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Campaign mounts on proposed new taxes
Lebanese Finance Minister Mohammed Safadi speaks at a press conference in Beirut, Lebanon, Tuesday, Oct. 4, 2011. (Mohammad Azakir/The Daily Star)
Lebanese Finance Minister Mohammed Safadi speaks at a press conference in Beirut, Lebanon, Tuesday, Oct. 4, 2011. (Mohammad Azakir/The Daily Star)
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BEIRUT: Finance Minister Mohammad Safadi will face his first real test when he discusses the 2012 draft budget in the Cabinet amid signs that most ministers will kill the bill even before it is passed to the Parliament.

Safadi, who vowed to address the needs of Lebanese who are reeling under an economic slowdown, is aware that his proposed taxes will not gain favor among politicians and labor unions.

But the minister will probably argue that the government cannot allocate more money to improve social and medical benefits as well as build electricity and water facilities if revenues remain the same.

Safadi said earlier that he is willing to listen to the remarks of his colleagues in the Cabinet and will be open to any suggestion to raise the government’s revenues without increasing the VAT.

However, Safadi will likely ask the ministers who vehemently oppose some of the proposed taxes to suggest other types of taxes.

He will probably tell some of his critics: “If you want me to spend more money on infrastructure and improve the social and medical benefits for all the Lebanese then please help me find more funds.”

The proposed VAT tax hike has already come under sharp attack from most economists, labor unions and even some ministers.

Labor Minister Charbel Nahhas, who was credited with making major amendments to former Minister Raya al-Hasan’s 2010 draft budget, will most likely argue against raising the VAT from 10 percent to 12 percent on the grounds that it would hit the poor, raise inflation and cause prices of basic commodities to jump to alarming levels.

Some economists recommend avoiding any tax that would negatively affect the low and middle classes, especially during such a time of economic hardship in the country.

These economists have pointed out that any new tax that is levied while GDP growth is at rock bottom would exacerbate the situation and induce consumers to spend less.

Along with the General Labor Confederation and other labor unions, merchants and traders have also cautioned that a higher VAT would leave the economy in shambles and could cause a huge drop in consumption.

The taxes could also cause imports to decline as consumers start shying away from buying luxury goods such as cars, electronics and furniture.

Against this backdrop, Safadi may be compelled to go back to the drawing board and make major modification to his original 2012 draft budget.

Al-Akhbar newspaper, which is very close to the March 8 Forces in general and Hezbollah in particular, has blasted Safadi’s proposed taxes, claiming that the measures proposed by the minister will surely make more Lebanese join the poorer classes.

Hezbollah, which is considered a strong supporter of MP Michel Aoun, who totally rejects any VAT increase, will be in an awkward position since it will be compelled to take sides in this open debate over the draft budget.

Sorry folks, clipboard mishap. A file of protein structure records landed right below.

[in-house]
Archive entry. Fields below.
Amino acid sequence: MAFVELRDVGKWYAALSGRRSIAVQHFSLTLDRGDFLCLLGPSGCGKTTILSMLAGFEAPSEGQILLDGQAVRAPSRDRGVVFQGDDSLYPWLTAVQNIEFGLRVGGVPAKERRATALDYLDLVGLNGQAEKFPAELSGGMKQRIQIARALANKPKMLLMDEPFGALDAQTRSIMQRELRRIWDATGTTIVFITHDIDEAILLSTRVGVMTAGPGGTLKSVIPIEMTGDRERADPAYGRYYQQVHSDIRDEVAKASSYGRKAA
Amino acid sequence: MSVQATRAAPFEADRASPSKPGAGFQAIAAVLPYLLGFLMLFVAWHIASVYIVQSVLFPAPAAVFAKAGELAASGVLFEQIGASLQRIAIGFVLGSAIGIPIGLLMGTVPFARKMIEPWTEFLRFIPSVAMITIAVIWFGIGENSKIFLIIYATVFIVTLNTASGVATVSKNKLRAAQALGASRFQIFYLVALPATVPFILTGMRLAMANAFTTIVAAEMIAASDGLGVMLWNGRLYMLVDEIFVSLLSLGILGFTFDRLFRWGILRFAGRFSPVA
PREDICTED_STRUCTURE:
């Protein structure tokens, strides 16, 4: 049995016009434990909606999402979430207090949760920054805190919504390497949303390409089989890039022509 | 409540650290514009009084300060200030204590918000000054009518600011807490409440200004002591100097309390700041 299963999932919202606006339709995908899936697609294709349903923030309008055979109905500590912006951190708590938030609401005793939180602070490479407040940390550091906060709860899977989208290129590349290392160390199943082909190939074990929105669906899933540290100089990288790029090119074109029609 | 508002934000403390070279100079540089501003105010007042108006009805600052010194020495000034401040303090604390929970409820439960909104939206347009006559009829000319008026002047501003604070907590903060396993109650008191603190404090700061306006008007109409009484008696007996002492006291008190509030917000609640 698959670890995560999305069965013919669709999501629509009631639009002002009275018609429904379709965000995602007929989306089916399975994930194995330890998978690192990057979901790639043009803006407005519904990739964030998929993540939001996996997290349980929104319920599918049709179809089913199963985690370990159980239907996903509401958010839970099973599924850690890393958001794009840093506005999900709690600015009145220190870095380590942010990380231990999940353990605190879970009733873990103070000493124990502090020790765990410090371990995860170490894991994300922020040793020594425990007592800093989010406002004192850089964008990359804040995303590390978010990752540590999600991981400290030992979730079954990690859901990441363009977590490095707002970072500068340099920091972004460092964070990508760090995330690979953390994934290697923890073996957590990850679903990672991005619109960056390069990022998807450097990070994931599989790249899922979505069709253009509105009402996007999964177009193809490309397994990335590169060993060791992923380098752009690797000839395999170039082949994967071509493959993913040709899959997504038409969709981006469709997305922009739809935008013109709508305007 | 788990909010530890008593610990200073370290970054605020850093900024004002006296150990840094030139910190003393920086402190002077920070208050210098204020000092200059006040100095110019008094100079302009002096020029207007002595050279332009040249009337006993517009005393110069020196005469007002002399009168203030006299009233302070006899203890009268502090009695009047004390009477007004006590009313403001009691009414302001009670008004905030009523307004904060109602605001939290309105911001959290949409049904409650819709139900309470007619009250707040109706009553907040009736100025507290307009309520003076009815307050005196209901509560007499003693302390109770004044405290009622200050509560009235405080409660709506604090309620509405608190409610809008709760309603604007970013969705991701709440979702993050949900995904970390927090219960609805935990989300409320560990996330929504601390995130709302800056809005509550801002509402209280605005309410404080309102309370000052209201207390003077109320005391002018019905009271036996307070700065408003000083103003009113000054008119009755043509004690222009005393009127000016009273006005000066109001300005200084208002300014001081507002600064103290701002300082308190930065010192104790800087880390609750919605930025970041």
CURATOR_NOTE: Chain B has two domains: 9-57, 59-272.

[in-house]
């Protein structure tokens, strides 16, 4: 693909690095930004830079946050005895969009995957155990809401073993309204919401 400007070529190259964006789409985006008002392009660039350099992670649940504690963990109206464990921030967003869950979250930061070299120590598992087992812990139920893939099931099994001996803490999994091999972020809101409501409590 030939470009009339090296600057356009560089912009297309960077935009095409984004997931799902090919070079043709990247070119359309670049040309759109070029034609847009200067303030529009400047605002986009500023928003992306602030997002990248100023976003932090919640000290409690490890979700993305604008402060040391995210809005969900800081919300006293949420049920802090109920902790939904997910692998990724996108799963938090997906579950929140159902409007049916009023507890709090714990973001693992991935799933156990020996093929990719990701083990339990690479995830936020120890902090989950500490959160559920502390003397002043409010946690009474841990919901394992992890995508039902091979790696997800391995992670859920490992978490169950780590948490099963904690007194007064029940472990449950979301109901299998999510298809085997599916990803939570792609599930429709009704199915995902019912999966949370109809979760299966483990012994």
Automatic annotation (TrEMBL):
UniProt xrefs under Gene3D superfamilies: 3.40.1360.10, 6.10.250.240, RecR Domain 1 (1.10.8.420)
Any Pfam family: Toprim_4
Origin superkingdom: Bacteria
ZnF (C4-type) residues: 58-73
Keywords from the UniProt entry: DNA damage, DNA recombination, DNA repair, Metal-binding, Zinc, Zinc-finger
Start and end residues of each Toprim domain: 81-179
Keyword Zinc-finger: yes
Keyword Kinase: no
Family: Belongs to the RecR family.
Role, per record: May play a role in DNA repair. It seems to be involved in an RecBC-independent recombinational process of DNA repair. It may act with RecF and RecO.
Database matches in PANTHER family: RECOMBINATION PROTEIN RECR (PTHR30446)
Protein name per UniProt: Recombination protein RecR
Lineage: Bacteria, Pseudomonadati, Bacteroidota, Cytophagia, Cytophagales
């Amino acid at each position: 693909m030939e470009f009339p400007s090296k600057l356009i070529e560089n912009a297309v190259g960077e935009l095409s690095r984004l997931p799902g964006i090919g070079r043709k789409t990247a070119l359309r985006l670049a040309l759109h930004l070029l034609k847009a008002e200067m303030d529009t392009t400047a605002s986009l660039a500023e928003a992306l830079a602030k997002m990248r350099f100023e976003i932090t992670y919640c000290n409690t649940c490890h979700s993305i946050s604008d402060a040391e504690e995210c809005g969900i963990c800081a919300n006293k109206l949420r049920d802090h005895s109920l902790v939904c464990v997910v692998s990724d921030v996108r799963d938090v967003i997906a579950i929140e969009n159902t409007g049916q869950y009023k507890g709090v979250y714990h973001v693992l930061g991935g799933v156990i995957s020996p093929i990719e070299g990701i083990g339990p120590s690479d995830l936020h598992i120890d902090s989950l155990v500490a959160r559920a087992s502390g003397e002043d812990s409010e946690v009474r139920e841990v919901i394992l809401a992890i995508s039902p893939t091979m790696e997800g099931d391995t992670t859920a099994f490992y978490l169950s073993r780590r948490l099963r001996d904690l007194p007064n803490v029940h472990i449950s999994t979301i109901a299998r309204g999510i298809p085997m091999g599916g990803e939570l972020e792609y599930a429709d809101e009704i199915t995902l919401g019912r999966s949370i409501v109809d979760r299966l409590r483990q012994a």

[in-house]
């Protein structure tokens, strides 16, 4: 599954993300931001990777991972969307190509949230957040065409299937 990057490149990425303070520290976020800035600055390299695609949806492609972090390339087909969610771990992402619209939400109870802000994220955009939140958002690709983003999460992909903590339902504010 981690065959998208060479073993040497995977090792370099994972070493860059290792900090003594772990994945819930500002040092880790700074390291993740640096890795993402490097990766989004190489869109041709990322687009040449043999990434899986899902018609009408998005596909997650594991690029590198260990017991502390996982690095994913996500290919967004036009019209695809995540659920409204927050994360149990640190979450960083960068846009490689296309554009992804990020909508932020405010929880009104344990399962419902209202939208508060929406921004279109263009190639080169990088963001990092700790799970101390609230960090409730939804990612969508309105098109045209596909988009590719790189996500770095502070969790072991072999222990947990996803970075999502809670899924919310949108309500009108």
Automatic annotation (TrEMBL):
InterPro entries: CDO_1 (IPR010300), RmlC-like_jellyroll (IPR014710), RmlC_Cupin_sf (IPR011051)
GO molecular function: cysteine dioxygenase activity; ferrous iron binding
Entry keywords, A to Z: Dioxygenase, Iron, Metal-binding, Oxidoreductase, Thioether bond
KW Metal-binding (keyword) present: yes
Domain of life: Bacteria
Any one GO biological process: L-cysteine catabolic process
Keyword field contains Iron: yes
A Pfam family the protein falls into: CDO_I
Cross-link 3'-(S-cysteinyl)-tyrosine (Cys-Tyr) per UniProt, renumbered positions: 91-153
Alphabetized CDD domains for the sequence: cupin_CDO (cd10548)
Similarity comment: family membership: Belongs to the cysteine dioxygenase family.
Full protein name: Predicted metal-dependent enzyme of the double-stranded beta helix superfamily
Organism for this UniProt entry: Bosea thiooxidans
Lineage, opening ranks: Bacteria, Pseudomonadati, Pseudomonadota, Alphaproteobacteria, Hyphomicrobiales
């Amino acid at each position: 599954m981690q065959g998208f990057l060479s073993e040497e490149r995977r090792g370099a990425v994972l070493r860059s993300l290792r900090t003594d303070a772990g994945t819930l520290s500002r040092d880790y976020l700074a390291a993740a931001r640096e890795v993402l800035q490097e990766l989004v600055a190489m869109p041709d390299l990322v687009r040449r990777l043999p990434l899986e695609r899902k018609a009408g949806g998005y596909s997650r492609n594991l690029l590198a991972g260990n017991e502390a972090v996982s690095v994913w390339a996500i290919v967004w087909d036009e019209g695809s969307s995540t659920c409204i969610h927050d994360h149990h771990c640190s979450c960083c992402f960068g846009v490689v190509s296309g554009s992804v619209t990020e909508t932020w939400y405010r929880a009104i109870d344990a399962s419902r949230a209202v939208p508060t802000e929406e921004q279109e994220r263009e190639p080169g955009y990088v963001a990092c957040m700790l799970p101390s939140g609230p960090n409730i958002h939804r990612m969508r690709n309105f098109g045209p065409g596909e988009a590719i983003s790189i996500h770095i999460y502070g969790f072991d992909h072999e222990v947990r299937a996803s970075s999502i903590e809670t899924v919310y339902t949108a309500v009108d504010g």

Any attempt to undermine the work of Safadi will almost certainly anger Prime Minister Najib Mikati, who personally insisted on naming his long-time ally as the finance minister.

Observers believe that Hezbollah will be careful in its assessment of the draft budget in order not to antagonize its ally Aoun and at the same time not to widen the gap with Mikati and Safadi.

Safadi will also attempt to sell the idea of increasing taxes on interest rates on customer deposits to the commercial bankers, who are the biggest holders of the government’s treasury bills and Eurobonds.

Bankers have warned on many occasions that more taxes on interest rates on deposits would scare away investors and even prompt some major depositors to take their business somewhere else.

The allocations for the 2012 draft budget total LL21.063 trillion ($14 billion) compared to LL19.826 trillion in the 2011 draft budget, an increase of LL1.237 trillion or 6.24 percent.

Current expenditures stood at LL12.172 trillion in the 2012 draft budget, compared to LL10.783 trillion in 2011, an increase of 12.88 percent.

Allocations for investments in 2012 stood at LL3.078 trillion, compared to LL3.267 trillion in the 2011 edition, a drop of 5.77 percent.

Total projected revenues in the 2012 draft budget are LL14.816 trillion, compared to LL14.361 trillion for the 2011 draft budget, an increase of LL455 billion, or 3.17 percent.

As a result, the projected budget deficit at the end of 2012 will stand at LL6.247 trillion, compared to LL5.466 trillion in 2011, an increase of LL781 billion or 14.3 percent.

This means that the total budget deficit will close at 29.66 percent, compared to 27.57 percent in 2011.

According to the new figures in the 2012 draft budget, the Finance Ministry will allocate LL6.294 trillion to cover the salaries and end-of-service benefits for government employees

The ministry explained that it has increased allocation for compensation and end-of-service benefits for retired employees by LL230 billion.

The draft budget has also allocated funds to appoint the vacant posts in some ministries.

Investment projects in the new draft budget stood at LL3.079 trillion, which represents 14.62 percent of total government expenditures and 4.50 percent of GDP.

 
A version of this article appeared in the print edition of The Daily Star on October 07, 2011, on page 4.
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